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    Re: How big of a jump can we realistically expect from Jalen?

    Quote Originally Posted by DrollTide View Post
    My biggest concern, which started late last year when it dawned on me, is that a significant portion of the completion percentage and yards were really "1-yard-pass" jet sweeps. They could just as well have been handoffs, like an end-around. The point is, this play was almost completely diagnosed and defeated by the defenses we played against at the end of the season.

    So I think (really, hope) the jet sweep is going away. This starts us at a lower baseline from last year, which means we are hoping for a bigger increment overall, into more of a "standard" passing game, with drop backs, play actions, and QB draws.
    Aren't passing stats kept on factoring out yards after catch?

  10. #35
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    Re: How big of a jump can we realistically expect from Jalen?

    Quote Originally Posted by Bamaro View Post
    Aren't passing stats kept on factoring out yards after catch?
    No. Passing yards include the runs after the catch.

    You might see someone doing what you suggest --it's a good metric for diagnosing what happened in a game -- but it's not an official statistic.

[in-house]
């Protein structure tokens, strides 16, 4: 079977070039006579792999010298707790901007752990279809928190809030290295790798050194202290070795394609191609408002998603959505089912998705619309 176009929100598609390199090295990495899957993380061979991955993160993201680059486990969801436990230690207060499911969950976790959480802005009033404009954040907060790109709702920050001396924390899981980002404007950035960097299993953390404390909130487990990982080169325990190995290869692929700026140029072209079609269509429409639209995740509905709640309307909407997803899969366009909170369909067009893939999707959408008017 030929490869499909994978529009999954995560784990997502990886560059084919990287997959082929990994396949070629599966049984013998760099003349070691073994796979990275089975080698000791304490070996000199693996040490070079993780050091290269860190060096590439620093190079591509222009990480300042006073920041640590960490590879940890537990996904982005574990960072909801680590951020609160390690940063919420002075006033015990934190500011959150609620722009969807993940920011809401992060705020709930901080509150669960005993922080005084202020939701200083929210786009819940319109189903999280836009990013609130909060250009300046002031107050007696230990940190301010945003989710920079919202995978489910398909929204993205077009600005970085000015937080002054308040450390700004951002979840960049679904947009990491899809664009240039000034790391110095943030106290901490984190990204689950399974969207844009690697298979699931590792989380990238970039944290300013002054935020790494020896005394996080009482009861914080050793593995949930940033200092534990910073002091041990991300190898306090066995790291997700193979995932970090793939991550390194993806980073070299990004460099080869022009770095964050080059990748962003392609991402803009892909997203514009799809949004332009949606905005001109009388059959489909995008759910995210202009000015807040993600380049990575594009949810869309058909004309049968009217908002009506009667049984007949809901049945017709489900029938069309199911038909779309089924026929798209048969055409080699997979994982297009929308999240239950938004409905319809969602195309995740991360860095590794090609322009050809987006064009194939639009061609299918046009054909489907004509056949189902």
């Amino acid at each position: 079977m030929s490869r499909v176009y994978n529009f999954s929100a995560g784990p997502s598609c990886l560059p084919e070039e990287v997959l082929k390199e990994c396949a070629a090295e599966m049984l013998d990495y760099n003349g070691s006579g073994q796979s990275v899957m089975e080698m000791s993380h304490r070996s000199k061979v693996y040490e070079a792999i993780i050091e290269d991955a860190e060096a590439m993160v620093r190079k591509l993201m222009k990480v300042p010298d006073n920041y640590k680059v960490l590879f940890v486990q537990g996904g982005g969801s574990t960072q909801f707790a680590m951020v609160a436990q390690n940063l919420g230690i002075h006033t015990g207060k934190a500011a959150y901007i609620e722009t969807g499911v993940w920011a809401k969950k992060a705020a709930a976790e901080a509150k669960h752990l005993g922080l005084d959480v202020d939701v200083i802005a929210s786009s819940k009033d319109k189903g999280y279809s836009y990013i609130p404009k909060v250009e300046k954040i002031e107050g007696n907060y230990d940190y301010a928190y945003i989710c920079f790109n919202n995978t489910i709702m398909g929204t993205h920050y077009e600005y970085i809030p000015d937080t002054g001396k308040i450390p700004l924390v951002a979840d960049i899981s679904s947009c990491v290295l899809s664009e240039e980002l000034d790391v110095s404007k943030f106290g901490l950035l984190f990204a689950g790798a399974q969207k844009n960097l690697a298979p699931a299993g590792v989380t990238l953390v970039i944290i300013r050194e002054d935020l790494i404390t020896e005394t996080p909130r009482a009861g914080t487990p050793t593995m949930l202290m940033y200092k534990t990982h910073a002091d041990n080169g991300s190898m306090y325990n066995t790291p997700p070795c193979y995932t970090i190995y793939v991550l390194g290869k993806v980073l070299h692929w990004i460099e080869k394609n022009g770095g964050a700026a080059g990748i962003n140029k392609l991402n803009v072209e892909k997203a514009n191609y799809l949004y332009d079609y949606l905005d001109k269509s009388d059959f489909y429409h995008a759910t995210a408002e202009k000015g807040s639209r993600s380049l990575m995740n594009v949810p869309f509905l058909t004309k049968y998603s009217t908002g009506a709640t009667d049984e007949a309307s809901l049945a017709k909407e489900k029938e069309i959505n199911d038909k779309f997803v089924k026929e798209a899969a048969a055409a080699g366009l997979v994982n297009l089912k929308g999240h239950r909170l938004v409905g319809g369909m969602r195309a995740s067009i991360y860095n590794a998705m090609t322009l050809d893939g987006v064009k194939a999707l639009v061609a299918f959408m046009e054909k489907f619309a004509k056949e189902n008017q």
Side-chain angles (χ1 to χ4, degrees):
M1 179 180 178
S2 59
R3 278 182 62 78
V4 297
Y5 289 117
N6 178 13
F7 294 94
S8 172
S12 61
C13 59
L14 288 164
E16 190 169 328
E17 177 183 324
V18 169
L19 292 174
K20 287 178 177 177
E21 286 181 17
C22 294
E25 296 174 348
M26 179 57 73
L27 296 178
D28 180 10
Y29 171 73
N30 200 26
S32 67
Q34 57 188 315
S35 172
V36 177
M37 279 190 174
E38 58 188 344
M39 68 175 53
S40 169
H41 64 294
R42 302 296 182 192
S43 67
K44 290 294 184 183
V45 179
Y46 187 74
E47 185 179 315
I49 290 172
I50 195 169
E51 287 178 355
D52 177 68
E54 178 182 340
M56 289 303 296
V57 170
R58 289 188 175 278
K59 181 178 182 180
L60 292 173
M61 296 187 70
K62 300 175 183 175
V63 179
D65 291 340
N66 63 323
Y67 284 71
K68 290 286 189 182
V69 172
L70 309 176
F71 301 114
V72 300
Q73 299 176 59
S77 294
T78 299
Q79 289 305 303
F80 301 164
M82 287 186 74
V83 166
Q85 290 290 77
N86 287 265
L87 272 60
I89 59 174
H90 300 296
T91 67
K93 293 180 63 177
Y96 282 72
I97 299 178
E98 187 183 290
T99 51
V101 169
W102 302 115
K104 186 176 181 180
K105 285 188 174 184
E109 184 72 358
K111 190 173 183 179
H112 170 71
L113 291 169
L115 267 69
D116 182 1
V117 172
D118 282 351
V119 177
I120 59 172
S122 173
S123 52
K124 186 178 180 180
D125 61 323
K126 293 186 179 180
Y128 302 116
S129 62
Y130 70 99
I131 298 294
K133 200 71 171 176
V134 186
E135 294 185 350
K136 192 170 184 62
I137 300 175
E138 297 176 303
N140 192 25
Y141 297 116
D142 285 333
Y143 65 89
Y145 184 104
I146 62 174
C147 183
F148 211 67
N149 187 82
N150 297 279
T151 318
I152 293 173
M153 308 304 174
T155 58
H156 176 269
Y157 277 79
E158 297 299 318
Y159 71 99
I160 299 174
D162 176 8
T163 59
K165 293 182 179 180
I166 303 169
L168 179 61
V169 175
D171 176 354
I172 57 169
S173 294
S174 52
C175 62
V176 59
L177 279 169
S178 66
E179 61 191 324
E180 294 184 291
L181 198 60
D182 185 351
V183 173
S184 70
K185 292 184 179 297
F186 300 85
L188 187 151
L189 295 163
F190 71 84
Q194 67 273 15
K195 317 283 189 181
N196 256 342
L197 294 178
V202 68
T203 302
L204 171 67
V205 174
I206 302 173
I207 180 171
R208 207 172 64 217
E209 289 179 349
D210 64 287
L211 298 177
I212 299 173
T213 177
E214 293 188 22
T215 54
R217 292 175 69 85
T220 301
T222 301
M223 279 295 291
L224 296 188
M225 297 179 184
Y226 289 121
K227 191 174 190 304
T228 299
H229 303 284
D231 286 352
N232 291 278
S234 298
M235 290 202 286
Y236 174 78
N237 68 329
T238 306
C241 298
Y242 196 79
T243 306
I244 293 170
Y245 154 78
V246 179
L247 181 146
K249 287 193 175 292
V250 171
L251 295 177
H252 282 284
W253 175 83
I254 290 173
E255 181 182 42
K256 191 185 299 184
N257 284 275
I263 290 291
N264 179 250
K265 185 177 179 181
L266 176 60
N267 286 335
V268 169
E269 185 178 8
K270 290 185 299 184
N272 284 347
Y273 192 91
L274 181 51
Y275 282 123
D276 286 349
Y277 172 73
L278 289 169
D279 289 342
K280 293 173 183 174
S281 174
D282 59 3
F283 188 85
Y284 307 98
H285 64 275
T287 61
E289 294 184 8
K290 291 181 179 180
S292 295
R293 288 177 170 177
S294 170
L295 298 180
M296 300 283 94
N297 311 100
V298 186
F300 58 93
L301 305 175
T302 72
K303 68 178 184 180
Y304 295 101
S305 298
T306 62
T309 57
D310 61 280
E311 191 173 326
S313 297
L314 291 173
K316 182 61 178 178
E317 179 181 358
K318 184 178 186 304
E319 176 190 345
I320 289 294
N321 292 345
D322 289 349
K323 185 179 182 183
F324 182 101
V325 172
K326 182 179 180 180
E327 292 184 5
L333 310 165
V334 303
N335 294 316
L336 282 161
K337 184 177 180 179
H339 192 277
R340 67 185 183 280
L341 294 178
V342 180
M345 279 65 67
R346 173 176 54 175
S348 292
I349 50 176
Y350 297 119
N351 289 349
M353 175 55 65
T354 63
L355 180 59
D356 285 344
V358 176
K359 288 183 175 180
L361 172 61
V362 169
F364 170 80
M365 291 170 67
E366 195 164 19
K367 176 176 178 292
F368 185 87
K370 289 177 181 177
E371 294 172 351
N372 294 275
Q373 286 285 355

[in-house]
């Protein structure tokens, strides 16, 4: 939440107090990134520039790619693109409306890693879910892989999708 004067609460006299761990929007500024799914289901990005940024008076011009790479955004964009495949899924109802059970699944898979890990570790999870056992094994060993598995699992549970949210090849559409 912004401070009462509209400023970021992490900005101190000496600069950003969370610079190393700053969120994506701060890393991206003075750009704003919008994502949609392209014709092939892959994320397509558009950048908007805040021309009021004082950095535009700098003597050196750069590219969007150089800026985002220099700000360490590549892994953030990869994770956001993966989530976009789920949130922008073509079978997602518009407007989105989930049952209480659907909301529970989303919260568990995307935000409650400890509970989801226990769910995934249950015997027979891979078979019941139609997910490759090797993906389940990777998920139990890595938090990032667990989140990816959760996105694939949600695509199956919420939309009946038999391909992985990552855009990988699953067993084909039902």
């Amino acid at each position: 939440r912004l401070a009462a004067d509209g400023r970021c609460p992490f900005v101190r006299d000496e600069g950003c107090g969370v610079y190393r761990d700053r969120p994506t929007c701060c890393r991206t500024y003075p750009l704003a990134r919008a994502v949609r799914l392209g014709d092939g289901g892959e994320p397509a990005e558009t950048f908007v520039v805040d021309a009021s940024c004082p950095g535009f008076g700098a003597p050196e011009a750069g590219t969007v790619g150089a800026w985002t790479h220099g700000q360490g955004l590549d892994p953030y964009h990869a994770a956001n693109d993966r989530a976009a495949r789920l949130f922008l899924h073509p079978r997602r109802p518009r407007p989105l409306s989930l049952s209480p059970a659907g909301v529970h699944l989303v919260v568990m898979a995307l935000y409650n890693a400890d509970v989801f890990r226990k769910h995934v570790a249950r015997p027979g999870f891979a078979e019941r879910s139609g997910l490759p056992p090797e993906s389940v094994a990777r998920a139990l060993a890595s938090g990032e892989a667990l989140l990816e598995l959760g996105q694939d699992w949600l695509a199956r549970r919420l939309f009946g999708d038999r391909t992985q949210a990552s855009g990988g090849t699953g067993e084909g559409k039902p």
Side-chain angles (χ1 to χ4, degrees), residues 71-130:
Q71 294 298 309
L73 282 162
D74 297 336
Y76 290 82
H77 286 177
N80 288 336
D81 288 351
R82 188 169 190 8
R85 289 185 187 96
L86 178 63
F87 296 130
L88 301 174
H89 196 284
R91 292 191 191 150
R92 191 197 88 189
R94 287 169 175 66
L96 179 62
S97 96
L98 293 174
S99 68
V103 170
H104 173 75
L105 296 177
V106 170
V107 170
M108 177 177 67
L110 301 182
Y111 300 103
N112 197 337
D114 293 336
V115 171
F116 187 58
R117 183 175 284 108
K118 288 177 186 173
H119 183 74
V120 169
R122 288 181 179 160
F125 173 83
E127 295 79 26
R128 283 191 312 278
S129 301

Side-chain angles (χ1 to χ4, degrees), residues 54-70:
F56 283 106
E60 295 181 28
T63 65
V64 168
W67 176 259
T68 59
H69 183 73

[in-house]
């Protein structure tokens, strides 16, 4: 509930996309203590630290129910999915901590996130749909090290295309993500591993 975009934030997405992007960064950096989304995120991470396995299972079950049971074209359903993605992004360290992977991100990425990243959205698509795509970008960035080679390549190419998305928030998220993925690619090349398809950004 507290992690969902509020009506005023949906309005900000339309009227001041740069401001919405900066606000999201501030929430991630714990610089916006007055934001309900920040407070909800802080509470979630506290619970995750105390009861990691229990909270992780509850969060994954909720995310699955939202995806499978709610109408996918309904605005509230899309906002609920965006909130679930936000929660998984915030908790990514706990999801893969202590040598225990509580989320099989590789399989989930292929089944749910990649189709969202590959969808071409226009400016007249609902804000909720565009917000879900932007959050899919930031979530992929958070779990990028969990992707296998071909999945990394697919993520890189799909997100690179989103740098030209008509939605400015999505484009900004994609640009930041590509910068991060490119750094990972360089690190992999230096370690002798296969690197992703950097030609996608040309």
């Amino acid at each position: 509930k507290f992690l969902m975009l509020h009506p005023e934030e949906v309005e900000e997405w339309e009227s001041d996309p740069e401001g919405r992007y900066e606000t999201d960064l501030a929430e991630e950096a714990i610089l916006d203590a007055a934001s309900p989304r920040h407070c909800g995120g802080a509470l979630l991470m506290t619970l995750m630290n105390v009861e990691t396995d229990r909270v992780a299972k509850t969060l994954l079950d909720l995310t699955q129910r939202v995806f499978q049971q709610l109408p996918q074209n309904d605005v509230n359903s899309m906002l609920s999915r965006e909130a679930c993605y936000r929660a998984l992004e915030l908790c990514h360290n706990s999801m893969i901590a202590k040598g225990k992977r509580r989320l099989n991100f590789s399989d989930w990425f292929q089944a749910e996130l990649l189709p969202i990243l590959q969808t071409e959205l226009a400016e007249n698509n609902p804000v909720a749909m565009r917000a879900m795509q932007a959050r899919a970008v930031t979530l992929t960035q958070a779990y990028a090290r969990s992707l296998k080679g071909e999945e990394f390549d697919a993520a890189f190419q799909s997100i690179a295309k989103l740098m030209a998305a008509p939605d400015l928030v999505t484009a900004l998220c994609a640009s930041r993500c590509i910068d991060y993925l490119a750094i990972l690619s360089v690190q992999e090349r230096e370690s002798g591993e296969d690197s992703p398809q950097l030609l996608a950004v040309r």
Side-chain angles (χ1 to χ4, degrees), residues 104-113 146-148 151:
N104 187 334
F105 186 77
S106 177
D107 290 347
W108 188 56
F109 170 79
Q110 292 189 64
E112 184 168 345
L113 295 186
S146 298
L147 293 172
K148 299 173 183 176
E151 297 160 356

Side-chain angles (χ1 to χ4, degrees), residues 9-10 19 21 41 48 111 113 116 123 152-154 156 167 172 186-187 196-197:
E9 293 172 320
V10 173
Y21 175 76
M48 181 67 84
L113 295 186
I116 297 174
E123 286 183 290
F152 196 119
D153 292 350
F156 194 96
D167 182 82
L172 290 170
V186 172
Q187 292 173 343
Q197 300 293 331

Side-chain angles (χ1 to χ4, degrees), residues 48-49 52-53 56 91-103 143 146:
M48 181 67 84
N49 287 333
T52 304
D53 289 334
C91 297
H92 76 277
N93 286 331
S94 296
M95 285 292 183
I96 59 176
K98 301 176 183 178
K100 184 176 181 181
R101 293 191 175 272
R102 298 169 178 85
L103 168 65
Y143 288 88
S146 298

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  11. #36
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    Re: How big of a jump can we realistically expect from Jalen?

    Quote Originally Posted by rgw View Post
    Hurts has more arm than any QB we've had other than maybe Coker. Arm strength is always a bit overrated compared to touch and location, but if he can locate those bombs a bit better as he did in the A-Day game then he's gonna be closer to Heisman quality than many people seem willing to admit.
    A lot overrated then, because he also seemed to have more one-hoppers than any of the guys being talked about.

    Anyway, the whole was it the gameplan or Hurt's limitations discussion is a chicken and the egg discussion, so I'm not going to go too far into or take a strong stance either way, but Hurts seems to be getting an outsized portion of benefit of the doubt here. Maybe just because Hurts is still here and is much better liked?